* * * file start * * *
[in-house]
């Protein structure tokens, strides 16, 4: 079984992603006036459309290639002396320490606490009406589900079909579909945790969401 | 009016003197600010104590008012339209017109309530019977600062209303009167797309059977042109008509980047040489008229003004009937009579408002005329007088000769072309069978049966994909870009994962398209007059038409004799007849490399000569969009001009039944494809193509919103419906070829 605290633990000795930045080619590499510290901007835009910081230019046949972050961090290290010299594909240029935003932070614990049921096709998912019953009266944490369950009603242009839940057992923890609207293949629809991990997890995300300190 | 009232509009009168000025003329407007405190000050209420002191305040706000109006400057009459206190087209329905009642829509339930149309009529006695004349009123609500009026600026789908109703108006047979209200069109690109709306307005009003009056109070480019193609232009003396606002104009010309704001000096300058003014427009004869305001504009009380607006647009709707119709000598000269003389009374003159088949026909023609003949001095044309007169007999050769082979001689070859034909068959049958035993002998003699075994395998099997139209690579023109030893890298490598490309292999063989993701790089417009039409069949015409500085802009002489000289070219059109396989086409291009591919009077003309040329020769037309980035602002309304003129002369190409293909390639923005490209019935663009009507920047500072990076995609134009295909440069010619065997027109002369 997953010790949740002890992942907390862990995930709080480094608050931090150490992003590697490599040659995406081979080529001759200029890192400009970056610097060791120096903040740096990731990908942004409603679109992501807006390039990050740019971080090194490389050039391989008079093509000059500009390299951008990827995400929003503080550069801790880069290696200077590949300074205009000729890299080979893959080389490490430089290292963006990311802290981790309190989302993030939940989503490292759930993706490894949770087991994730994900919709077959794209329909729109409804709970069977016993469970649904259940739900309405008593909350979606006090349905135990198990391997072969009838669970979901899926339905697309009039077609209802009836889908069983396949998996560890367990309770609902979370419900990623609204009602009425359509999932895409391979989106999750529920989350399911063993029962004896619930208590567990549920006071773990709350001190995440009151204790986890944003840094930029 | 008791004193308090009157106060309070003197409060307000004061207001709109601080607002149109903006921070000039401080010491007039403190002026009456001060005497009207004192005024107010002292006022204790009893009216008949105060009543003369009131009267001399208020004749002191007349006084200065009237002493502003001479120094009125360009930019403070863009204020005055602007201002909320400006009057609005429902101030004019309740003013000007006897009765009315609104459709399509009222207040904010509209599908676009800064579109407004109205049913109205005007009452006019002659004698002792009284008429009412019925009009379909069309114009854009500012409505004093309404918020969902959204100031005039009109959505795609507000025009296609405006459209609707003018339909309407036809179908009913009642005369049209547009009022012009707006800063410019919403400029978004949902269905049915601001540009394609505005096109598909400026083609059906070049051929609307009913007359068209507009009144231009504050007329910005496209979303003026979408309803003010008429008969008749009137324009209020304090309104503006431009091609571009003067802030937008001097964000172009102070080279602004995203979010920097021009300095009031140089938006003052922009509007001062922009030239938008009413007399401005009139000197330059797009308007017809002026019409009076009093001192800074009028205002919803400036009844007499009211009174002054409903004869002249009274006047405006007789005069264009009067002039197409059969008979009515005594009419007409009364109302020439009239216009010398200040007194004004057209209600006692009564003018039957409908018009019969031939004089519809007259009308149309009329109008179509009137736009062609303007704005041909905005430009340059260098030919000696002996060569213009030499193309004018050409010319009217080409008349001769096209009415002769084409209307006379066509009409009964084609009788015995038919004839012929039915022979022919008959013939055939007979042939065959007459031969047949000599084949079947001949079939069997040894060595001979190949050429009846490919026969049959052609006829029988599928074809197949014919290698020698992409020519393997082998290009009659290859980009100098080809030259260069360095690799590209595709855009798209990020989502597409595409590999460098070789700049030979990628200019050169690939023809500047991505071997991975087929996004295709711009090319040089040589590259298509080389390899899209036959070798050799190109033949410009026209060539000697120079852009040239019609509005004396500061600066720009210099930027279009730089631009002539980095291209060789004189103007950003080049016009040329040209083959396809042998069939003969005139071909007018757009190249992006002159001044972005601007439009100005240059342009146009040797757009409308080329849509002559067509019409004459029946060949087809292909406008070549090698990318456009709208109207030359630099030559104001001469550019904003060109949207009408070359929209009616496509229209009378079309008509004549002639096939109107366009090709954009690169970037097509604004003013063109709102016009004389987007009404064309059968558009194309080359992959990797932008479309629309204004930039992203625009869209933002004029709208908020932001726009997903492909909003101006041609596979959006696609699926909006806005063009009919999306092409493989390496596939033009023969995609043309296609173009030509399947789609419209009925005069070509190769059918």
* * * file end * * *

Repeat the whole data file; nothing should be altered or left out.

[in-house]
């Protein structure tokens, strides 16, 4: 079984992603006036459309290639002396320490606490009406589900079909579909945790969401 | 009016003197600010104590008012339209017109309530019977600062209303009167797309059977042109008509980047040489008229003004009937009579408002005329007088000769072309069978049966994909870009994962398209007059038409004799007849490399000569969009001009039944494809193509919103419906070829 605290633990000795930045080619590499510290901007835009910081230019046949972050961090290290010299594909240029935003932070614990049921096709998912019953009266944490369950009603242009839940057992923890609207293949629809991990997890995300300190 | 009232509009009168000025003329407007405190000050209420002191305040706000109006400057009459206190087209329905009642829509339930149309009529006695004349009123609500009026600026789908109703108006047979209200069109690109709306307005009003009056109070480019193609232009003396606002104009010309704001000096300058003014427009004869305001504009009380607006647009709707119709000598000269003389009374003159088949026909023609003949001095044309007169007999050769082979001689070859034909068959049958035993002998003699075994395998099997139209690579023109030893890298490598490309292999063989993701790089417009039409069949015409500085802009002489000289070219059109396989086409291009591919009077003309040329020769037309980035602002309304003129002369190409293909390639923005490209019935663009009507920047500072990076995609134009295909440069010619065997027109002369 997953010790949740002890992942907390862990995930709080480094608050931090150490992003590697490599040659995406081979080529001759200029890192400009970056610097060791120096903040740096990731990908942004409603679109992501807006390039990050740019971080090194490389050039391989008079093509000059500009390299951008990827995400929003503080550069801790880069290696200077590949300074205009000729890299080979893959080389490490430089290292963006990311802290981790309190989302993030939940989503490292759930993706490894949770087991994730994900919709077959794209329909729109409804709970069977016993469970649904259940739900309405008593909350979606006090349905135990198990391997072969009838669970979901899926339905697309009039077609209802009836889908069983396949998996560890367990309770609902979370419900990623609204009602009425359509999932895409391979989106999750529920989350399911063993029962004896619930208590567990549920006071773990709350001190995440009151204790986890944003840094930029 | 008791004193308090009157106060309070003197409060307000004061207001709109601080607002149109903006921070000039401080010491007039403190002026009456001060005497009207004192005024107010002292006022204790009893009216008949105060009543003369009131009267001399208020004749002191007349006084200065009237002493502003001479120094009125360009930019403070863009204020005055602007201002909320400006009057609005429902101030004019309740003013000007006897009765009315609104459709399509009222207040904010509209599908676009800064579109407004109205049913109205005007009452006019002659004698002792009284008429009412019925009009379909069309114009854009500012409505004093309404918020969902959204100031005039009109959505795609507000025009296609405006459209609707003018339909309407036809179908009913009642005369049209547009009022012009707006800063410019919403400029978004949902269905049915601001540009394609505005096109598909400026083609059906070049051929609307009913007359068209507009009144231009504050007329910005496209979303003026979408309803003010008429008969008749009137324009209020304090309104503006431009091609571009003067802030937008001097964000172009102070080279602004995203979010920097021009300095009031140089938006003052922009509007001062922009030239938008009413007399401005009139000197330059797009308007017809002026019409009076009093001192800074009028205002919803400036009844007499009211009174002054409903004869002249009274006047405006007789005069264009009067002039197409059969008979009515005594009419007409009364109302020439009239216009010398200040007194004004057209209600006692009564003018039957409908018009019969031939004089519809007259009308149309009329109008179509009137736009062609303007704005041909905005430009340059260098030919000696002996060569213009030499193309004018050409010319009217080409008349001769096209009415002769084409209307006379066509009409009964084609009788015995038919004839012929039915022979022919008959013939055939007979042939065959007459031969047949000599084949079947001949079939069997040894060595001979190949050429009846490919026969049959052609006829029988599928074809197949014919290698020698992409020519393997082998290009009659290859980009100098080809030259260069360095690799590209595709855009798209990020989502597409595409590999460098070789700049030979990628200019050169690939023809500047991505071997991975087929996004295709711009090319040089040589590259298509080389390899899209036959070798050799190109033949410009026209060539000697120079852009040239019609509005004396500061600066720009210099930027279009730089631009002539980095291209060789004189103007950003080049016009040329040209083959396809042998069939003969005139071909007018757009190249992006002159001044972005601007439009100005240059342009146009040797757009409308080329849509002559067509019409004459029946060949087809292909406008070549090698990318456009709208109207030359630099030559104001001469550019904003060109949207009408070359929209009616496509229209009378079309008509004549002639096939109107366009090709954009690169970037097509604004003013063109709102016009004389987007009404064309059968558009194309080359992959990797932008479309629309204004930039992203625009869209933002004029709208908020932001726009997903492909909003101006041609596979959006696609699926909006806005063009009919999306092409493989390496596939033009023969995609043309296609173009030509399947789609419209009925005069070509190769059918």